Crema explained that it’s able to keep Temtem running because server costs are “slim”, which in turn means the developer can cover costs “for a really, really long time.” But don’t hold your breath for an offline mode. “With the game servers perpetually online, we’re not contemplating an offline mode,” Crema said. And what happens if player numbers dwindle to next to nothing? Fear not, Crema reassured: “Temtem won’t die if thousands of people don’t play it daily, and its focus on a classic adventure campaign ensures that anyone joining Temtem at any given time will enjoy the game, be able to explore every nook and cranny of the Archipelago, discover its story, and obtain each and every Temtem, even if alongside a small crew of players.”

And finally, to the future. It doesn’t sound like Temtem 2 is a possibility, at least in the short-term. “If we ever were to do this, we’d need to be able to produce a product and flow of content that all of you could enjoy and love to the maximum,” Crema said. “Such a product is still out of our grasp and reach: we’re simply not ready. We are, as a studio, too small to embark on the feat we’d like Temtem 2 to be; we don’t currently have the technical knowledge, the time nor the ability to bring those ideas to life.”

However, there is an unannounced new game set within the Temtem universe in the works, codenamed Project Downbelow. Crema said it’s working on this mystery game with a new engine. “Our intentions for Project Downbelow are to build new foundations and try out new things we would love to see in a hypothetical Temtem 2,” Crema said. “By exploring a new combat system, a stronger engine and more things we can’t unveil yet, we hope to learn the proper bases, and have enough preparation and experience to put us closer to the materialization of something as precious to us – and you – as Temtem 2 would be.”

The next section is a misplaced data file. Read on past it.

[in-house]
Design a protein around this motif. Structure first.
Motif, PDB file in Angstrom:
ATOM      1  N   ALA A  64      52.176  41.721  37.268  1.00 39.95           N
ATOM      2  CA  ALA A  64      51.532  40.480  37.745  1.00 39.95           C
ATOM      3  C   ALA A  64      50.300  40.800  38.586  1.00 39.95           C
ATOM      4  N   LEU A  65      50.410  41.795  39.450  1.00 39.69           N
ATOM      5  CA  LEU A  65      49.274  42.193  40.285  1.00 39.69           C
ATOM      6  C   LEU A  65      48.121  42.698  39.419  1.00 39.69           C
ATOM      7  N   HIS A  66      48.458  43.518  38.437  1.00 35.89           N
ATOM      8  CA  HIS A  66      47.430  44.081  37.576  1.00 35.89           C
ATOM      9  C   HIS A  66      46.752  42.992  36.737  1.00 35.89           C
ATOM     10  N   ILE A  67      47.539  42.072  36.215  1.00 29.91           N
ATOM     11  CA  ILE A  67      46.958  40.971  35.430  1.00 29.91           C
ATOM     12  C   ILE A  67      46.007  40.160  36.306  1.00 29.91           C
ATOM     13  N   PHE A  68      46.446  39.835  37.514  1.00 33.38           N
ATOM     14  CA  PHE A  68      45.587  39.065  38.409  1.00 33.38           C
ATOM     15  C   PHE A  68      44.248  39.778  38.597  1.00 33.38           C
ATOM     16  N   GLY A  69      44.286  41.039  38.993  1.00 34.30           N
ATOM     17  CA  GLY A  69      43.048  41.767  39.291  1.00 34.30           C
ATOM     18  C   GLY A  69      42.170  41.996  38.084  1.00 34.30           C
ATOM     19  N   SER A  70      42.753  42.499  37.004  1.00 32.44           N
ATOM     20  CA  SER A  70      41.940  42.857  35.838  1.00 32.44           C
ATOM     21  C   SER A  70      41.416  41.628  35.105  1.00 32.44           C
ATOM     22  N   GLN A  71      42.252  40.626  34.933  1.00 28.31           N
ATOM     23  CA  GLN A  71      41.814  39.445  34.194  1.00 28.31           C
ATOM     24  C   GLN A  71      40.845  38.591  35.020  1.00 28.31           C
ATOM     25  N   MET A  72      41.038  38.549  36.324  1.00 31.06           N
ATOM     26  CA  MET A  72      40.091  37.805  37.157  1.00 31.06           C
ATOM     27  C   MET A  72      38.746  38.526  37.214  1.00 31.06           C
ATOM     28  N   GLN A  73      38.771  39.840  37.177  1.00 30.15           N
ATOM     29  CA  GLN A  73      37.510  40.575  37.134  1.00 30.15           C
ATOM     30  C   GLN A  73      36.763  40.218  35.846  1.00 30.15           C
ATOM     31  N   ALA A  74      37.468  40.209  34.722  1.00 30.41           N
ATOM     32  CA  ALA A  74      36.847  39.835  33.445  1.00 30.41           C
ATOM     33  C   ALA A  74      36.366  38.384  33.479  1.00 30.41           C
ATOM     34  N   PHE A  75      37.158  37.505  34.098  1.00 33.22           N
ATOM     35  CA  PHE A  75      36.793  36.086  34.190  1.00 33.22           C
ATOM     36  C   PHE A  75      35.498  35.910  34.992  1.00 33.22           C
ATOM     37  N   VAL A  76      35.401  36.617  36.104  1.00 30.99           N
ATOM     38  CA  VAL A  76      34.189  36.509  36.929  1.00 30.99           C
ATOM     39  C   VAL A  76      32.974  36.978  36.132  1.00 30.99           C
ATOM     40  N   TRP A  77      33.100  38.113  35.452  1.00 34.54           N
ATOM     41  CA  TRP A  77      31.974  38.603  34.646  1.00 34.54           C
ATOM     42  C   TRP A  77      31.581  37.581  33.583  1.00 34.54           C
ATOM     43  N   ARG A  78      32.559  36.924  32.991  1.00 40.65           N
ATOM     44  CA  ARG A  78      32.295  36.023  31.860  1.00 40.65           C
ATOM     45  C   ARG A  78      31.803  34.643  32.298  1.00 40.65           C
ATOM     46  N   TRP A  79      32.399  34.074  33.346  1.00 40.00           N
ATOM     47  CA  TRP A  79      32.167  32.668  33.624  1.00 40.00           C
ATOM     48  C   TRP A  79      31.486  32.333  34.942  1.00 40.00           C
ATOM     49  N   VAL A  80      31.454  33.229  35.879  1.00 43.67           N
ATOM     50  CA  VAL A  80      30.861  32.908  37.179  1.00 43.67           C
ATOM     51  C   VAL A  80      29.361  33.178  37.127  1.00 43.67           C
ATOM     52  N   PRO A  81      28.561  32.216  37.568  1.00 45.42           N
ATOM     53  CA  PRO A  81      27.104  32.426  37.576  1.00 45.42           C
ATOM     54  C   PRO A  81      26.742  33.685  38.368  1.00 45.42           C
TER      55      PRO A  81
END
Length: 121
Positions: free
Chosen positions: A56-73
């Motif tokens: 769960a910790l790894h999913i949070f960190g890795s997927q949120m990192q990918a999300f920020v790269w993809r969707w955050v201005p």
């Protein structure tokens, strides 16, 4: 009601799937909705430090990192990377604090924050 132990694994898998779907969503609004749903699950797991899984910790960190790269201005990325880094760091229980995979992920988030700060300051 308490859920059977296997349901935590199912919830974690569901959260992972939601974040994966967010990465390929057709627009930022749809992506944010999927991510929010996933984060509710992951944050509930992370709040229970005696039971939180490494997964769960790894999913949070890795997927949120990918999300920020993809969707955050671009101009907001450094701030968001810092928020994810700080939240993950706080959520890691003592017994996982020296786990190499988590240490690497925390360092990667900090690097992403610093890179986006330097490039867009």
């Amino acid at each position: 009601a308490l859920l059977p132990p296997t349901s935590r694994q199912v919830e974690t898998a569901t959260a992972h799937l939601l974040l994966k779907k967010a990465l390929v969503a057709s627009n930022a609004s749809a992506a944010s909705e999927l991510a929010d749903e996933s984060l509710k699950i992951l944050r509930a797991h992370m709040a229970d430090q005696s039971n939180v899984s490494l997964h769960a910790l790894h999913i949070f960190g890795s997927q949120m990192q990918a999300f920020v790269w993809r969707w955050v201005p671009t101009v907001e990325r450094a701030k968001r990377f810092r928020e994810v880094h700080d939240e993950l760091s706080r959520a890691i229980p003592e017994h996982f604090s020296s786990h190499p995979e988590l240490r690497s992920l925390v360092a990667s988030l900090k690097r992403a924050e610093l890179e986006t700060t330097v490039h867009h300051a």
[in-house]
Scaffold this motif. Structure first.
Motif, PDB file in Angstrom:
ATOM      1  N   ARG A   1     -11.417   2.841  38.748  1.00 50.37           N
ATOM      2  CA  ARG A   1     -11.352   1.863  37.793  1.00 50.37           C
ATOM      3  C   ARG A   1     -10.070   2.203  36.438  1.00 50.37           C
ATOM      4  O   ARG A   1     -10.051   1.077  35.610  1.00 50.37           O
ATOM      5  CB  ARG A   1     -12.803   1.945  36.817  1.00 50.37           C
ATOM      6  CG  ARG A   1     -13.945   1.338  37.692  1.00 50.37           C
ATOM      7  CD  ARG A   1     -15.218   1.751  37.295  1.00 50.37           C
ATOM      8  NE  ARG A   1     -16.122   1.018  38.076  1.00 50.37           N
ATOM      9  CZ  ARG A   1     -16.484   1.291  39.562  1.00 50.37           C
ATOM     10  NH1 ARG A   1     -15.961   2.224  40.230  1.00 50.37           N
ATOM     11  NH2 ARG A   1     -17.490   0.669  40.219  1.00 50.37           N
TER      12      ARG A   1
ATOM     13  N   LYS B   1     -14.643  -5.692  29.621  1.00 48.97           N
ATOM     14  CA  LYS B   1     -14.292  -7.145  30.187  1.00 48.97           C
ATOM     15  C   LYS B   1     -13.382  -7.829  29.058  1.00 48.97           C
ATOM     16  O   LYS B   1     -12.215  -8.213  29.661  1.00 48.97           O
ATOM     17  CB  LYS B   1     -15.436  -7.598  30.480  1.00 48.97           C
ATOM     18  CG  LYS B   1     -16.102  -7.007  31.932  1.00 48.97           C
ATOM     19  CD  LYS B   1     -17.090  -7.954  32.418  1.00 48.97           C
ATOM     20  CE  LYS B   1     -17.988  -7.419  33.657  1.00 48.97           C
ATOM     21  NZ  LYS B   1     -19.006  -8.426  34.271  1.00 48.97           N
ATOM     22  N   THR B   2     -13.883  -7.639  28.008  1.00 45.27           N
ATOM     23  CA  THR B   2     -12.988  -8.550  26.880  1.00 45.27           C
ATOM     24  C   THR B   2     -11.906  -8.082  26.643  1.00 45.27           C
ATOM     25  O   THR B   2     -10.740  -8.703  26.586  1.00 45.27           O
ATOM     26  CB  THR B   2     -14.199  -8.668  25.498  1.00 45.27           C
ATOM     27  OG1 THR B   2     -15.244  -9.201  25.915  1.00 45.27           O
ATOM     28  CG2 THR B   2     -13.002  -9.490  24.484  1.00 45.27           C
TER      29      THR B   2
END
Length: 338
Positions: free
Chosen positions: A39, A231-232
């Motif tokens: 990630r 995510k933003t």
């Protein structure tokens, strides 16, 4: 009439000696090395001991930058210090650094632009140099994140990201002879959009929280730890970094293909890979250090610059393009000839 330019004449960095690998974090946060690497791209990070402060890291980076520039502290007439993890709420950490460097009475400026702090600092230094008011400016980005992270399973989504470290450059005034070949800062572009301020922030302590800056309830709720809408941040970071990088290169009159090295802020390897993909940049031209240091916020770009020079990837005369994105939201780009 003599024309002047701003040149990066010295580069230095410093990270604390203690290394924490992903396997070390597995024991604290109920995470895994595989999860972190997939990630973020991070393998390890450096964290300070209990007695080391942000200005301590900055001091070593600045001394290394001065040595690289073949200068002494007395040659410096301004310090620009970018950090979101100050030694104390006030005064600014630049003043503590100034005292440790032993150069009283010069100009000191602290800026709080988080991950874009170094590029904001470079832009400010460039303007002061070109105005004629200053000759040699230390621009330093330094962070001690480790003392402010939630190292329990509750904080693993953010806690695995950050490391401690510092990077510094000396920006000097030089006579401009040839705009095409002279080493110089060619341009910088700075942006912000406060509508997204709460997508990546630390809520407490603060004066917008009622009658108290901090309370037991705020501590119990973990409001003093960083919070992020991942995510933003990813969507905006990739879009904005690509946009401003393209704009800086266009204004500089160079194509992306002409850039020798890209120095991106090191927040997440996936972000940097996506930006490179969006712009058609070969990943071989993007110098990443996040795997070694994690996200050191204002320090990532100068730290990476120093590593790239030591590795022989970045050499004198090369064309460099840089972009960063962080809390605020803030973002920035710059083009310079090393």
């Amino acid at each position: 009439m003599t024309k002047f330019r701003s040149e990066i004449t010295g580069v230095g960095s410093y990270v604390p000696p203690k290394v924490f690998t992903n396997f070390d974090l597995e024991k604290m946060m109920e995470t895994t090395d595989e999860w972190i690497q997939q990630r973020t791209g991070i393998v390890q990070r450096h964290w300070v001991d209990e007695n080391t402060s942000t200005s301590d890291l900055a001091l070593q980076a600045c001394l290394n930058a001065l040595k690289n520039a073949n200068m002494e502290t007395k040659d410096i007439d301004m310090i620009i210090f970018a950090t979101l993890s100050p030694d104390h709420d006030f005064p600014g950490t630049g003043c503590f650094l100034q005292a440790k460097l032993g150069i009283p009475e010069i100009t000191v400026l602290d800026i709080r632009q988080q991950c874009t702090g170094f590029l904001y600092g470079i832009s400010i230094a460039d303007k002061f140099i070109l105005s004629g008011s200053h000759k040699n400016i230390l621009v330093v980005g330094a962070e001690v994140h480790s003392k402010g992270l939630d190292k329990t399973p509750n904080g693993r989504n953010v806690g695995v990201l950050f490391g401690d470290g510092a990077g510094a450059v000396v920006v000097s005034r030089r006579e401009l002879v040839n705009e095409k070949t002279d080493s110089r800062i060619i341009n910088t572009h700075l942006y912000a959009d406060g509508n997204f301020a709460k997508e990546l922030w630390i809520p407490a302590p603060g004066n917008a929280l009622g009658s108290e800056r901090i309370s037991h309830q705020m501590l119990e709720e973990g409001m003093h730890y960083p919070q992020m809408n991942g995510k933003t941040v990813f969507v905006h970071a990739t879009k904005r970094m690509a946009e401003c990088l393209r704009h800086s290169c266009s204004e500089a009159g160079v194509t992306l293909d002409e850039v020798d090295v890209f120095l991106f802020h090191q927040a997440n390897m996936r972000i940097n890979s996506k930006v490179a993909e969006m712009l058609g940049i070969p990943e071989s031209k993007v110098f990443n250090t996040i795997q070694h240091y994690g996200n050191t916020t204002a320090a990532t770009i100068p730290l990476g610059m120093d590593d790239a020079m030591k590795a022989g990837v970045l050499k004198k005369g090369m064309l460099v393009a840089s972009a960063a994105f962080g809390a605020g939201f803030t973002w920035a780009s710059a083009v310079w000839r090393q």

We understand many players feel like Temtem has a lot more potential to unlock, and that it is not all it could be, but for us that doesn’t take away from the fact that we’re actually very happy with the final product.

As for Temtem: Swarm, co-developed with GGTech Studio, Crema insisted “in no case have we removed any resources nor team members from Temtem’s development to use on Temtem: Swarm, nor do we plan to.” Meanwhile, there’s a Temtem animated series in the works.

“We understand many players feel like Temtem has a lot more potential to unlock, and that it is not all it could be, but for us that doesn’t take away from the fact that we’re actually very happy with the final product,” Crema concluded.

“We’re so excited to see how much Temtem has grown, and feel like the final product is a complete experience, and a very enjoyable one at that. When we set out on this journey we couldn’t even dream of reaching this point, of having created a game with so much content, that provides hundreds of hours of joy and fun, and we’re proud of everything we’ve achieved and created. While it’s not a perfect game, and we’ve learned so, so much from it, we cherish this not-so-little game of ours.”


Wesley is the UK News Editor for IGN. Find him on Twitter at @wyp100. You can reach Wesley at [email protected] or confidentially at [email protected].